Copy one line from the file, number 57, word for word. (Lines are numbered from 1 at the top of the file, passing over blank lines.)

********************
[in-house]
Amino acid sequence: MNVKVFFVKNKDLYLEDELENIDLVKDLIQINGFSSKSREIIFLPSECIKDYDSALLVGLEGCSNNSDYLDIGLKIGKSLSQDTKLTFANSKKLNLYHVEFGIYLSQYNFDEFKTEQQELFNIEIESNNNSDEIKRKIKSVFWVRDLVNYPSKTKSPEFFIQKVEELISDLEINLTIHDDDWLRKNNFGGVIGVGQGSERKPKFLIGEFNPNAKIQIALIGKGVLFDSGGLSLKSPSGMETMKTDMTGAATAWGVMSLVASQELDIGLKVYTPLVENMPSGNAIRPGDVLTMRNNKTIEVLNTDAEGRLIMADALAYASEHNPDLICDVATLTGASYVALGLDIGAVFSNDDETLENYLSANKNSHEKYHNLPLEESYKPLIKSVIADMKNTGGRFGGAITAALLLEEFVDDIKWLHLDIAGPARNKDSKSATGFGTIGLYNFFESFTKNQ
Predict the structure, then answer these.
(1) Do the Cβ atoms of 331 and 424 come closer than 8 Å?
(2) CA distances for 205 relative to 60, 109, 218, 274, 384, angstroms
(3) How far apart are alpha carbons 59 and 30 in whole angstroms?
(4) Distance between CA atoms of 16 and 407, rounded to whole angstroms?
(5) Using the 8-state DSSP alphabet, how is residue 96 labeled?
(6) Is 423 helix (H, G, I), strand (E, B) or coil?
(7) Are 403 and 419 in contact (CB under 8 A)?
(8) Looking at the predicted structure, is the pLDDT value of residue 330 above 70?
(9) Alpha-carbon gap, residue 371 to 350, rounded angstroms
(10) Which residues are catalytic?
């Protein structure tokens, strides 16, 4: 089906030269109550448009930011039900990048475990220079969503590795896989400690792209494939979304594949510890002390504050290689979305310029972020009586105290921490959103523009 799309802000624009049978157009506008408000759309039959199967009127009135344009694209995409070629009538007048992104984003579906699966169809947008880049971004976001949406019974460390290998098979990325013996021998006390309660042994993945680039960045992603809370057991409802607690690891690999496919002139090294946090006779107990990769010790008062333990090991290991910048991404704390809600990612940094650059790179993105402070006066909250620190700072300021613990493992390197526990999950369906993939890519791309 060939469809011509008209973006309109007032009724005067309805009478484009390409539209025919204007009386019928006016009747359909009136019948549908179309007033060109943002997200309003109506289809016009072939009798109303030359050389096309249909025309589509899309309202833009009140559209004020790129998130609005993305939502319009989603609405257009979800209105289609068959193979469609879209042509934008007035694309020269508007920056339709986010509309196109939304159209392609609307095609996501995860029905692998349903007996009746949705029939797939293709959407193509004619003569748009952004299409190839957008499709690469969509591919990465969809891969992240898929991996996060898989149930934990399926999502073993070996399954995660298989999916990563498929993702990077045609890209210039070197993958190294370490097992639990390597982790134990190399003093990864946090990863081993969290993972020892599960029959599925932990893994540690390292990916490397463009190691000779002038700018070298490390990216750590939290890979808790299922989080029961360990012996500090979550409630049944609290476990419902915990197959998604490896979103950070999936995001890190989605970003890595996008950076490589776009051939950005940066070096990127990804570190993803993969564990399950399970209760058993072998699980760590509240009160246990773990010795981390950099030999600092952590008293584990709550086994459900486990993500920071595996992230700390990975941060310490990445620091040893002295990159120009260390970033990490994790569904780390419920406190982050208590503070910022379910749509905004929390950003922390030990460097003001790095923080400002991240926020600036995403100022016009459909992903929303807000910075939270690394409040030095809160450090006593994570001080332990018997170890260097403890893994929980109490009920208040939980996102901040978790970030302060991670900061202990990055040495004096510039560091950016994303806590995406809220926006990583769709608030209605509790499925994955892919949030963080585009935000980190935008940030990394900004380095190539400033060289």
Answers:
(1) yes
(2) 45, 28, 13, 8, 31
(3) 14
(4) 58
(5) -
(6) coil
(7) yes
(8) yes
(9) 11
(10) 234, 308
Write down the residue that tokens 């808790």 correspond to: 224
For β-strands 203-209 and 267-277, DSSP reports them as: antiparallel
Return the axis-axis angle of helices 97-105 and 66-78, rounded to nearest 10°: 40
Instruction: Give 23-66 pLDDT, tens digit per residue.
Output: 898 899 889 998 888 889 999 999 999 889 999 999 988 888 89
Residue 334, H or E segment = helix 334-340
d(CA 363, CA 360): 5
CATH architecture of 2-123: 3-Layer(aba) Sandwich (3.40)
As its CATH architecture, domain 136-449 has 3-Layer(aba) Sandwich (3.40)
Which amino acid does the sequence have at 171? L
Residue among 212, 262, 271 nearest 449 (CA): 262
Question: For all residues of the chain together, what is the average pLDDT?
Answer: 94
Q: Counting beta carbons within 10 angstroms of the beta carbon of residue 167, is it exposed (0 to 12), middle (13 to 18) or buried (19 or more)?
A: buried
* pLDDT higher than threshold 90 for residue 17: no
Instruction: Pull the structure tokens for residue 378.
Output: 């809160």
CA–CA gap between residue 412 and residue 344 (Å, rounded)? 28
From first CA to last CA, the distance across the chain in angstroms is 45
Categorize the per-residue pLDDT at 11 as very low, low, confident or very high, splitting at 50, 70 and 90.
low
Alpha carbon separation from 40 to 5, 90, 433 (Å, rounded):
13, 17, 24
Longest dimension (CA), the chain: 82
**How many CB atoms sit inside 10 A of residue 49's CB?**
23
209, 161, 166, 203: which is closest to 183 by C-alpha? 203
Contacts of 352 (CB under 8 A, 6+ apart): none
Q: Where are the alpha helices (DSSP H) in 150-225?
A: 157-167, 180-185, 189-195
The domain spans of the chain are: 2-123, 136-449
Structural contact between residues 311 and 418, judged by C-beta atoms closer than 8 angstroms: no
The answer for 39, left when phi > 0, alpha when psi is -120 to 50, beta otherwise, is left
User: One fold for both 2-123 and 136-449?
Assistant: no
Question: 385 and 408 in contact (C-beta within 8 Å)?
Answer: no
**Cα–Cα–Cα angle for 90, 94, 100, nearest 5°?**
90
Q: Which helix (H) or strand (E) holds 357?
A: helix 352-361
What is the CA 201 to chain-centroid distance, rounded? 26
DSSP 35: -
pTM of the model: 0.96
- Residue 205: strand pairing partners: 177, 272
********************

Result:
The domain spans of the chain are: 2-123, 136-449